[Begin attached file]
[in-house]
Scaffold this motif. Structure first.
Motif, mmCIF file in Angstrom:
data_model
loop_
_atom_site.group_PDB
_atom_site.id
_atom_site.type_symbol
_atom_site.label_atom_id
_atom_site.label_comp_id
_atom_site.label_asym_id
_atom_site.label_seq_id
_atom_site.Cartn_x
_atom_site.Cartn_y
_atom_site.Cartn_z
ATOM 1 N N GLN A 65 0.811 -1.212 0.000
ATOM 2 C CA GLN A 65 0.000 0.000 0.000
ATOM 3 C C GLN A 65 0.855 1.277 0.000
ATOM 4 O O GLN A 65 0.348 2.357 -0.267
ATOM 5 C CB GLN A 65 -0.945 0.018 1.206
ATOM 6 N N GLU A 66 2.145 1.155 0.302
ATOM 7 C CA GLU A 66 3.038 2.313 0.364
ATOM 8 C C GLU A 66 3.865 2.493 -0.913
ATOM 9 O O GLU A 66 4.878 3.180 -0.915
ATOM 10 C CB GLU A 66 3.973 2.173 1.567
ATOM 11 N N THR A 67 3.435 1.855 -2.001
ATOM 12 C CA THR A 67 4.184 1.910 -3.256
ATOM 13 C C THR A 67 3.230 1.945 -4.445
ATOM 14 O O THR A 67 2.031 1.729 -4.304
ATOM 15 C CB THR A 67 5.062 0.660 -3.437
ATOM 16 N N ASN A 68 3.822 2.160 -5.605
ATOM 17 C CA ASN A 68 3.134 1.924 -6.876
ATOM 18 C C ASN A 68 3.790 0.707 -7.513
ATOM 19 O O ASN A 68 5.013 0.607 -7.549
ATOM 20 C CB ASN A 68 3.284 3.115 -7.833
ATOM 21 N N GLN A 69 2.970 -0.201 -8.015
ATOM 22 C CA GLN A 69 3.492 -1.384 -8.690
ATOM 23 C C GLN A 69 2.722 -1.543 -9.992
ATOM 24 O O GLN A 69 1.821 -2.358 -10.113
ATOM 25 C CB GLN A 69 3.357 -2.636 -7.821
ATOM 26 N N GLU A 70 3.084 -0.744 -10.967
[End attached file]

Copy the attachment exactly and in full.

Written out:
[in-house]
Scaffold this motif. Structure first.
Motif, mmCIF file in Angstrom:
data_model
loop_
_atom_site.group_PDB
_atom_site.id
_atom_site.type_symbol
_atom_site.label_atom_id
_atom_site.label_comp_id
_atom_site.label_asym_id
_atom_site.label_seq_id
_atom_site.Cartn_x
_atom_site.Cartn_y
_atom_site.Cartn_z
ATOM 1 N N GLN A 65 0.811 -1.212 0.000
ATOM 2 C CA GLN A 65 0.000 0.000 0.000
ATOM 3 C C GLN A 65 0.855 1.277 0.000
ATOM 4 O O GLN A 65 0.348 2.357 -0.267
ATOM 5 C CB GLN A 65 -0.945 0.018 1.206
ATOM 6 N N GLU A 66 2.145 1.155 0.302
ATOM 7 C CA GLU A 66 3.038 2.313 0.364
ATOM 8 C C GLU A 66 3.865 2.493 -0.913
ATOM 9 O O GLU A 66 4.878 3.180 -0.915
ATOM 10 C CB GLU A 66 3.973 2.173 1.567
ATOM 11 N N THR A 67 3.435 1.855 -2.001
ATOM 12 C CA THR A 67 4.184 1.910 -3.256
ATOM 13 C C THR A 67 3.230 1.945 -4.445
ATOM 14 O O THR A 67 2.031 1.729 -4.304
ATOM 15 C CB THR A 67 5.062 0.660 -3.437
ATOM 16 N N ASN A 68 3.822 2.160 -5.605
ATOM 17 C CA ASN A 68 3.134 1.924 -6.876
ATOM 18 C C ASN A 68 3.790 0.707 -7.513
ATOM 19 O O ASN A 68 5.013 0.607 -7.549
ATOM 20 C CB ASN A 68 3.284 3.115 -7.833
ATOM 21 N N GLN A 69 2.970 -0.201 -8.015
ATOM 22 C CA GLN A 69 3.492 -1.384 -8.690
ATOM 23 C C GLN A 69 2.722 -1.543 -9.992
ATOM 24 O O GLN A 69 1.821 -2.358 -10.113
ATOM 25 C CB GLN A 69 3.357 -2.636 -7.821
ATOM 26 N N GLU A 70 3.084 -0.744 -10.967